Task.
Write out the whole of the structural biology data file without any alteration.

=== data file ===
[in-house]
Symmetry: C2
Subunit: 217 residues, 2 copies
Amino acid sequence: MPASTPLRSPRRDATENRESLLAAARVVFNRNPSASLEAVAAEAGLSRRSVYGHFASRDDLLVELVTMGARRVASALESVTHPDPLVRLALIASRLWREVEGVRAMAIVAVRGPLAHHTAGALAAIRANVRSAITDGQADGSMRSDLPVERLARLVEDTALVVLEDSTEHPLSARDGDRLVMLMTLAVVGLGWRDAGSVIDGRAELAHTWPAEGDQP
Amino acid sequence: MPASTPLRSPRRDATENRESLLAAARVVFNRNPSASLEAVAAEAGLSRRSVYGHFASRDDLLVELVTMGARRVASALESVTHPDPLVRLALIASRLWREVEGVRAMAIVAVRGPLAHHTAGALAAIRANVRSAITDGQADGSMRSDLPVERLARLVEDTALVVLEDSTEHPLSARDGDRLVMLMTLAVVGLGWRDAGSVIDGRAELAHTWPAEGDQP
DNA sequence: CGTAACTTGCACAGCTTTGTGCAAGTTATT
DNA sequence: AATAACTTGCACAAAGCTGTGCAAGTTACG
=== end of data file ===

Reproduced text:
[in-house]
Symmetry: C2
Subunit: 217 residues, 2 copies
Amino acid sequence: MPASTPLRSPRRDATENRESLLAAARVVFNRNPSASLEAVAAEAGLSRRSVYGHFASRDDLLVELVTMGARRVASALESVTHPDPLVRLALIASRLWREVEGVRAMAIVAVRGPLAHHTAGALAAIRANVRSAITDGQADGSMRSDLPVERLARLVEDTALVVLEDSTEHPLSARDGDRLVMLMTLAVVGLGWRDAGSVIDGRAELAHTWPAEGDQP
Amino acid sequence: MPASTPLRSPRRDATENRESLLAAARVVFNRNPSASLEAVAAEAGLSRRSVYGHFASRDDLLVELVTMGARRVASALESVTHPDPLVRLALIASRLWREVEGVRAMAIVAVRGPLAHHTAGALAAIRANVRSAITDGQADGSMRSDLPVERLARLVEDTALVVLEDSTEHPLSARDGDRLVMLMTLAVVGLGWRDAGSVIDGRAELAHTWPAEGDQP
DNA sequence: CGTAACTTGCACAGCTTTGTGCAAGTTATT
DNA sequence: AATAACTTGCACAAAGCTGTGCAAGTTACG